Curated reads, listens, views by Wilson Withiam and Ria Bhutoria.

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Weekly Spotlight: Double Feature! 🔦🔦

In his latest piece, Nic Carter evaluates what he finds to be most interesting about Bitcoin (and perhaps blockchain networks in general): it’s capacity to transfer value digitally while granting “recipients confidence that an inbound transaction will not be reversed” (i.e. settlement assurances). Many competing proof-of-work blockchains attempt to replicate Bitcoin, but none have reached the level of Bitcoin’s security threshold (or cost of attack). Further, network design changes made by these alternate blockchains, such as accelerating the block generation time, can be misleading, as settlement guarantees across block confirmations are not equal. …


Curated reads, listens, views by Wilson Withiam and Ria Bhutoria.

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Weekly Spotlight 🔦

Imran Khan delivers a high level overview on how encrypted connections between users and website servers are beholden to trusted intermediaries and how decentralized alternatives could be a viable solution. Certificate Authorities (CA) play a significant role in maintaining Domain Name System (DNS) and act as the central gatekeeper to the issuance and storage of Secure Socket Layer (SSL) certificates. The SSL protocol is a layer that works with HTTP to offer an encrypted connection between a user (browser) and server (host computer). …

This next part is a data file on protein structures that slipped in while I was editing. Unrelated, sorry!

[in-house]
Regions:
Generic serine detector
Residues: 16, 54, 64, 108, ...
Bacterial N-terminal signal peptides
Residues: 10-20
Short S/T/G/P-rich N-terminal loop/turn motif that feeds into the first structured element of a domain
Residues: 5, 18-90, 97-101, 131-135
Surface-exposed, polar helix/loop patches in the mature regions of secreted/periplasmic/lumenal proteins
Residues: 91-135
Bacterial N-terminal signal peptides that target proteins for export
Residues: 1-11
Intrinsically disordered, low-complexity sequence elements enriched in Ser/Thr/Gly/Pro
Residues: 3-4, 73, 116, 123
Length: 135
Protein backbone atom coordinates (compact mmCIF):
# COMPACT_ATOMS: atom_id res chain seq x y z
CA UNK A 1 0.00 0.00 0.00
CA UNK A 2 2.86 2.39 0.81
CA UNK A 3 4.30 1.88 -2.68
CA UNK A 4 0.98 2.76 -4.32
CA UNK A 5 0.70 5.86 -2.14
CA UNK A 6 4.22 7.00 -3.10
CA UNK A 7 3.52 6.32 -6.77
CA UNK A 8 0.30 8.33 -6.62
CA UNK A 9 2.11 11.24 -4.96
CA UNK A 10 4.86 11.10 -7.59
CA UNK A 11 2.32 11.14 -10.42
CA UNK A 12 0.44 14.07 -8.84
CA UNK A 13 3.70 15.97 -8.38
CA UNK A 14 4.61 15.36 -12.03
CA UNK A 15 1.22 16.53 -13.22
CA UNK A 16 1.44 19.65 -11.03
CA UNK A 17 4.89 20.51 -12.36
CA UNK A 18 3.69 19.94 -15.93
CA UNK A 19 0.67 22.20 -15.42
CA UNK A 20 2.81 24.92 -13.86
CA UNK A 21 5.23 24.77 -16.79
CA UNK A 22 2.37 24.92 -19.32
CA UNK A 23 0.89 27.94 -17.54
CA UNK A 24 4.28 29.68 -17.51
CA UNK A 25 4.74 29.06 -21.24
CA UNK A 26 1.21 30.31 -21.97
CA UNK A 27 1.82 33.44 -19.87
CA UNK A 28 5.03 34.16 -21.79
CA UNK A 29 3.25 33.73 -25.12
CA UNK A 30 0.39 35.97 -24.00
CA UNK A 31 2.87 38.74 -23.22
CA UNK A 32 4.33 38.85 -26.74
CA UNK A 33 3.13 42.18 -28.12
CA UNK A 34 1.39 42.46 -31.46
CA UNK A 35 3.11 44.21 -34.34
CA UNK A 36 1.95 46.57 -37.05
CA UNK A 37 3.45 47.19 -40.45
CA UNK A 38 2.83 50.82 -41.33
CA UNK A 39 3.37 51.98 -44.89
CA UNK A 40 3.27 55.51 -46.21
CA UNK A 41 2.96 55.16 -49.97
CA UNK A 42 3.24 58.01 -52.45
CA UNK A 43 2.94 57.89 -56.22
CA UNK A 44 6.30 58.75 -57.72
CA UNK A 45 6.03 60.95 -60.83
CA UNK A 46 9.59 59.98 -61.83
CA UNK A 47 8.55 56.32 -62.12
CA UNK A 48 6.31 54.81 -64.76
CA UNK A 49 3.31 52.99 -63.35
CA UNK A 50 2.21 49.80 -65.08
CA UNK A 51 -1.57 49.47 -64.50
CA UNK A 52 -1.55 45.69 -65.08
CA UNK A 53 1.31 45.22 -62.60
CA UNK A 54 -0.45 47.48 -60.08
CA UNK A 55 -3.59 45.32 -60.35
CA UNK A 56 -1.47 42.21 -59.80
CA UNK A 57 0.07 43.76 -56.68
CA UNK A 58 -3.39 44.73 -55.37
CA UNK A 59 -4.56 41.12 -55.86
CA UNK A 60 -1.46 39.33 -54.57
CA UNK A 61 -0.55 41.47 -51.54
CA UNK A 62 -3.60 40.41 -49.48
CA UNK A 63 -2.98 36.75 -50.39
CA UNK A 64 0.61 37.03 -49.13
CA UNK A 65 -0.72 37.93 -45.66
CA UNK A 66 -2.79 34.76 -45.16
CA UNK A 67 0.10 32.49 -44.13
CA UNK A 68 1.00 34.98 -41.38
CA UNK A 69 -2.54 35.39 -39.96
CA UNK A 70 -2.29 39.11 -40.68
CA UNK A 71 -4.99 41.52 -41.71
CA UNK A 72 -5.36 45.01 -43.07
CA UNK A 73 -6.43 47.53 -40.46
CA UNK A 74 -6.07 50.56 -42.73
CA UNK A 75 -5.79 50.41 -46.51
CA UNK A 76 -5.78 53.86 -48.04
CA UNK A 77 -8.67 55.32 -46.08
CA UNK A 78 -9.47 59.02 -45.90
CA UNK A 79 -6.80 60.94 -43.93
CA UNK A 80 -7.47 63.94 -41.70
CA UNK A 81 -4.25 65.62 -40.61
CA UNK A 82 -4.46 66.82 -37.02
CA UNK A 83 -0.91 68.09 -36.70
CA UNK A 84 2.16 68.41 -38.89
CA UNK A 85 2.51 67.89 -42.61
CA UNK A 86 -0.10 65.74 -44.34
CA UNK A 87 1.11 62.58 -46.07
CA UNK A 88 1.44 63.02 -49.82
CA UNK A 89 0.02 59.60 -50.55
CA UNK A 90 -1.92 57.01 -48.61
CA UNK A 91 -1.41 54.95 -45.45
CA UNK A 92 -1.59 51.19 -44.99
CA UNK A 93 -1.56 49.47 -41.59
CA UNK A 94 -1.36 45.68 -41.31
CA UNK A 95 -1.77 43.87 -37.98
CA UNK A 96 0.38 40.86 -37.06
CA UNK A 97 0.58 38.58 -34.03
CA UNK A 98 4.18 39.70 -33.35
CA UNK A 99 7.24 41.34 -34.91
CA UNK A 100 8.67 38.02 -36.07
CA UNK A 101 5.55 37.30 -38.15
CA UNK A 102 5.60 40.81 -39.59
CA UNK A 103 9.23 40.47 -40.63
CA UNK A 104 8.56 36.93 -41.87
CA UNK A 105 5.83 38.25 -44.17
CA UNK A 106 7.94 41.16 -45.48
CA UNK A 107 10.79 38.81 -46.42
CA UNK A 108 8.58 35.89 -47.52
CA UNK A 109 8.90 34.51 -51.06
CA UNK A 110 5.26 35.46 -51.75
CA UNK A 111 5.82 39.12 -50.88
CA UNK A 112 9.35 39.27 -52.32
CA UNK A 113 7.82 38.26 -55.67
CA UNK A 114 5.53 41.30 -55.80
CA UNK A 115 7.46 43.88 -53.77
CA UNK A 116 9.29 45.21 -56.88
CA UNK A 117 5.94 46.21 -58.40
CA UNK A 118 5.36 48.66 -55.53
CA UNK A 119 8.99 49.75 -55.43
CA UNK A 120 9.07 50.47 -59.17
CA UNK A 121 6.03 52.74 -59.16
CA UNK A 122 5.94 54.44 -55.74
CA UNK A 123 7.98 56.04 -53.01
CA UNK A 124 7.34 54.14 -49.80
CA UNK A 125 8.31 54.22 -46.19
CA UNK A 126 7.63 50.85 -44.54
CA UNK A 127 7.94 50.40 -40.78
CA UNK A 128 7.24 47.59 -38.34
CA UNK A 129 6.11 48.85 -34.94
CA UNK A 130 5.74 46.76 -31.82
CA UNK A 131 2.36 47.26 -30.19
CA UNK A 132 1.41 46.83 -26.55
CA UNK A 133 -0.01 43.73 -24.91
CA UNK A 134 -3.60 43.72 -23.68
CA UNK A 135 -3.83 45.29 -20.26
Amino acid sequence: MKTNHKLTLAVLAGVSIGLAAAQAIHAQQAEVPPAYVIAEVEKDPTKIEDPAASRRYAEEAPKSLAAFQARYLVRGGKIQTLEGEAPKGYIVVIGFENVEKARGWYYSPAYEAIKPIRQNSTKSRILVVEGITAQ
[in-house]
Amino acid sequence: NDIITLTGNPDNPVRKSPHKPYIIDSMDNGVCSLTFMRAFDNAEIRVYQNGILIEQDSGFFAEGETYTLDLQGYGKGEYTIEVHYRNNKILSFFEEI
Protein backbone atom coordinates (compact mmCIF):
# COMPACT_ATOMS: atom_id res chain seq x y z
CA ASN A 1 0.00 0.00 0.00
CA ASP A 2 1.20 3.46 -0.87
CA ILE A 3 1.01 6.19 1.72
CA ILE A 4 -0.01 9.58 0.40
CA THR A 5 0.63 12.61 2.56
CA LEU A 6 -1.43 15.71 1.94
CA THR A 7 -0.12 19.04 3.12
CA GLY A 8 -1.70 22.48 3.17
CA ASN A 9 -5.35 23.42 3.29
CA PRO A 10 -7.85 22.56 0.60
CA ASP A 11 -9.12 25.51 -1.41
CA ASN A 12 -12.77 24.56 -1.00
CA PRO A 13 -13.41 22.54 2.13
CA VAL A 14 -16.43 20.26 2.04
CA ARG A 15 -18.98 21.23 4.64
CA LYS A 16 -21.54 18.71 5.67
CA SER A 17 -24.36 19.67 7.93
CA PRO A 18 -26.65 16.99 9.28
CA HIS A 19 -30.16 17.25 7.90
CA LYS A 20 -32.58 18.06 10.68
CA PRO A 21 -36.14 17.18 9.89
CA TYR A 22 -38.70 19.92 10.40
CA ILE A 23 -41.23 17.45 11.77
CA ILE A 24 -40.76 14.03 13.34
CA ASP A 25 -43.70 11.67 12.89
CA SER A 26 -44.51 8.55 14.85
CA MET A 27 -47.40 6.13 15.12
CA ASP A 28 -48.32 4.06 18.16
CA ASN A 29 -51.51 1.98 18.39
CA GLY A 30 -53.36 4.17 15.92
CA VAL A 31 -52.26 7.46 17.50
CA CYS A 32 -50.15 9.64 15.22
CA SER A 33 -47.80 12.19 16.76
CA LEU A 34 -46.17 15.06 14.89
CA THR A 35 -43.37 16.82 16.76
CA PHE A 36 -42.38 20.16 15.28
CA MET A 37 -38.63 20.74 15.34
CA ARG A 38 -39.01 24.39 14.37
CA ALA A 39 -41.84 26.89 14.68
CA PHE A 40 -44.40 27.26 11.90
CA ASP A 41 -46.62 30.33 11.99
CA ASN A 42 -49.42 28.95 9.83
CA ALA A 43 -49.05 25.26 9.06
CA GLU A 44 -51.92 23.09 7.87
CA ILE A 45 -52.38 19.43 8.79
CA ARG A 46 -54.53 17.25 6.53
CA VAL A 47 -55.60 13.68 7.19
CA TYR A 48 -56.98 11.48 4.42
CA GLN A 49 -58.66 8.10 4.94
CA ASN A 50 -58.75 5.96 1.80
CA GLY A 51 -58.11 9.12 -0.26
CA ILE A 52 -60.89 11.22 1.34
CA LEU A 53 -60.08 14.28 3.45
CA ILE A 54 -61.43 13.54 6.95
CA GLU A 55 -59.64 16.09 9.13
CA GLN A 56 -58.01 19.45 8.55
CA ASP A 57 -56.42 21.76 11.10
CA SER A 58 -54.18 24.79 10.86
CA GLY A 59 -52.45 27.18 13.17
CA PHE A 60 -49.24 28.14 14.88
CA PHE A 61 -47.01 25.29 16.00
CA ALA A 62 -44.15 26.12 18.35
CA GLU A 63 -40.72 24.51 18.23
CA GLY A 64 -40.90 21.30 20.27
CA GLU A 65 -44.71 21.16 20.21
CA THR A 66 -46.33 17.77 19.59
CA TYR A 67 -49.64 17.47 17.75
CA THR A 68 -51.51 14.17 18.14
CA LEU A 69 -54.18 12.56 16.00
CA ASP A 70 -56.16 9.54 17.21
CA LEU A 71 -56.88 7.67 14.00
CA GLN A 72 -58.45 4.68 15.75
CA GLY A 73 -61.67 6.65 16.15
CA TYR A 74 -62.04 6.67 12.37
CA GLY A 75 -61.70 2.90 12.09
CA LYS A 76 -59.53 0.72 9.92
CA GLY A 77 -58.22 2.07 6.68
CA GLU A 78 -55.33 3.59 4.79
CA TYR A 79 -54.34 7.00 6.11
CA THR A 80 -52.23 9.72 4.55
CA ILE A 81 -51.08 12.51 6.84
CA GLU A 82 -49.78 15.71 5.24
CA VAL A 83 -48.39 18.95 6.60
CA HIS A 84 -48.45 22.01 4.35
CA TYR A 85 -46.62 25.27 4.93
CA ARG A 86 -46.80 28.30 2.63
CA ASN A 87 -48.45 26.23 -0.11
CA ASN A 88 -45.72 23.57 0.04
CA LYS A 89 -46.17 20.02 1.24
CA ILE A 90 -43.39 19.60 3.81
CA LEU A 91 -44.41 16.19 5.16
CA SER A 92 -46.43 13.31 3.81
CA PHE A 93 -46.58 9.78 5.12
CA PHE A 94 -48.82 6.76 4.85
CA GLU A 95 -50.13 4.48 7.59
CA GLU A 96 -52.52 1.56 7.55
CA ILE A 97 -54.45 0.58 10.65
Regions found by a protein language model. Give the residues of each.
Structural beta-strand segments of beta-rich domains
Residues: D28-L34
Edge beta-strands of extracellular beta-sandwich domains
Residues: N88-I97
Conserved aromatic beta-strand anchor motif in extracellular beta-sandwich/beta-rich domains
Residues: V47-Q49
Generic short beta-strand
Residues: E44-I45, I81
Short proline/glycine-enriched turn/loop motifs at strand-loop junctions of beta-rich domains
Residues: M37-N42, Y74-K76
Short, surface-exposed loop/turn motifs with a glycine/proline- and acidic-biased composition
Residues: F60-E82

Curated reads, listens, views by Wilson Withiam and Ria Bhutoria.

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Weekly Spotlight 🔦

Dan Zuller of Vision Hill unleashed an epic, three-part tweet thread and accompanying blog post exploring the state of distributed consensus in crypto networks. His synopsis covers the ingenuity of reaching consensus in distributed systems, PoW vs. PoS value propositions, as well as attack vectors and possible design solutions present in PoS networks. The commentary provides context around the question: Could proof-of-stake systems be considered “secure enough” to capture billions of dollars in value?